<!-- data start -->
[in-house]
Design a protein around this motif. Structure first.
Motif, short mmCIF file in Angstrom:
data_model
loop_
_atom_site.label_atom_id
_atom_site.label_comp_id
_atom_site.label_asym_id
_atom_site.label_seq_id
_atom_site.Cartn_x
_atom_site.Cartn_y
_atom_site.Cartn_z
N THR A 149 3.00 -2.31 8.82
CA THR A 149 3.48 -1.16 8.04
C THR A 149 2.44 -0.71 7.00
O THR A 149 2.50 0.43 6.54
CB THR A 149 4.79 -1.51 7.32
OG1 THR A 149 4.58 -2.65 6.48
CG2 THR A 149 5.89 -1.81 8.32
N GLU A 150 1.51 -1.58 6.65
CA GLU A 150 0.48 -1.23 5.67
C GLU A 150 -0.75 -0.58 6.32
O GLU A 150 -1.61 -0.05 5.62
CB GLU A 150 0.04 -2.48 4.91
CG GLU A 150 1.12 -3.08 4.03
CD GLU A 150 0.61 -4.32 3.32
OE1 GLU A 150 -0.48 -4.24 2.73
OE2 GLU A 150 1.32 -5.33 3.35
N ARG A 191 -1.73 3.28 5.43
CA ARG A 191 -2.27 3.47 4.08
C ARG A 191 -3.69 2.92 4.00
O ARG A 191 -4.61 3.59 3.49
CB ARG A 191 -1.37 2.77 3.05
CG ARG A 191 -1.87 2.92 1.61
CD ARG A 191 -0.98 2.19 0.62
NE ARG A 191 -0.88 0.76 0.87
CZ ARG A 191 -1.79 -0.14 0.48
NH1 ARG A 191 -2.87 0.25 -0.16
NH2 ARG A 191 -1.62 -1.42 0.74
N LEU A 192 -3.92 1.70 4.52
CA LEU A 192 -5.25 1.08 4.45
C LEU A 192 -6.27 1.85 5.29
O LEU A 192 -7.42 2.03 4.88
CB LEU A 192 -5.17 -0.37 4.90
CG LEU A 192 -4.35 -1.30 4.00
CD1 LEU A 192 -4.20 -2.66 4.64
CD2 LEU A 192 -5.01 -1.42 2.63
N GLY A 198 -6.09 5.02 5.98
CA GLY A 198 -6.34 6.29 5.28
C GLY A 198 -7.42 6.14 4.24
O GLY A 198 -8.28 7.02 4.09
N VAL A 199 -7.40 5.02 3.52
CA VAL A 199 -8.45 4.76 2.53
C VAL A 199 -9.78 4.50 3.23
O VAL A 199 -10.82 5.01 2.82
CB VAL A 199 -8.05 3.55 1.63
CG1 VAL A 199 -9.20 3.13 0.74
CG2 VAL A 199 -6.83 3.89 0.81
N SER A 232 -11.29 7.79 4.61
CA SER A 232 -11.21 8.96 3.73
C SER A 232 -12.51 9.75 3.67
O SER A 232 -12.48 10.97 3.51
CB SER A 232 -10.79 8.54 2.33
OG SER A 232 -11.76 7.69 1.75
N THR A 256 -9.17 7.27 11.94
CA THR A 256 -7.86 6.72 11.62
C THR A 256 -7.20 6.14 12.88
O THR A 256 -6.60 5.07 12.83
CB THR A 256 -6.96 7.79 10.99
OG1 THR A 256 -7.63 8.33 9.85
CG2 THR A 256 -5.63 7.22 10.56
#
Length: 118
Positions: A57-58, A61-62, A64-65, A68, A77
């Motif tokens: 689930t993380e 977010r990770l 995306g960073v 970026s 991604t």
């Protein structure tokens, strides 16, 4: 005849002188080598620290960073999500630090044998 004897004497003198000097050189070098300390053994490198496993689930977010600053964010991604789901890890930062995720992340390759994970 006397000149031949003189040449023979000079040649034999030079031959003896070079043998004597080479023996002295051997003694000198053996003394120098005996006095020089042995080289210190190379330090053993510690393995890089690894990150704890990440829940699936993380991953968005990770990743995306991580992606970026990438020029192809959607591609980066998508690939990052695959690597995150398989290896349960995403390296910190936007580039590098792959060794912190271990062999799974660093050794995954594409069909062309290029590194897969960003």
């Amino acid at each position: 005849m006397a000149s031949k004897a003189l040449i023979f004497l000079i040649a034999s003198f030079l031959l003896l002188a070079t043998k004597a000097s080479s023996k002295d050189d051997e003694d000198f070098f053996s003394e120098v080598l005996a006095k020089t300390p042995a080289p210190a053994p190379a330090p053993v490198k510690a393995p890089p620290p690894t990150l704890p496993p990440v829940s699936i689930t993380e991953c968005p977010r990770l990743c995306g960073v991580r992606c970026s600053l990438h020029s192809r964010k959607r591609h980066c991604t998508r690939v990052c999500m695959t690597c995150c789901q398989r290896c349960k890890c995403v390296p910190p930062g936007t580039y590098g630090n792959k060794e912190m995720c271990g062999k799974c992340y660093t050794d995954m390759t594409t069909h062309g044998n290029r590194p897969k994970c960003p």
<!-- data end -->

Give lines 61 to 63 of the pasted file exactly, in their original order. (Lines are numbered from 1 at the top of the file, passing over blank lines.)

C SER A 232 -12.51 9.75 3.67
O SER A 232 -12.48 10.97 3.51
CB SER A 232 -10.79 8.54 2.33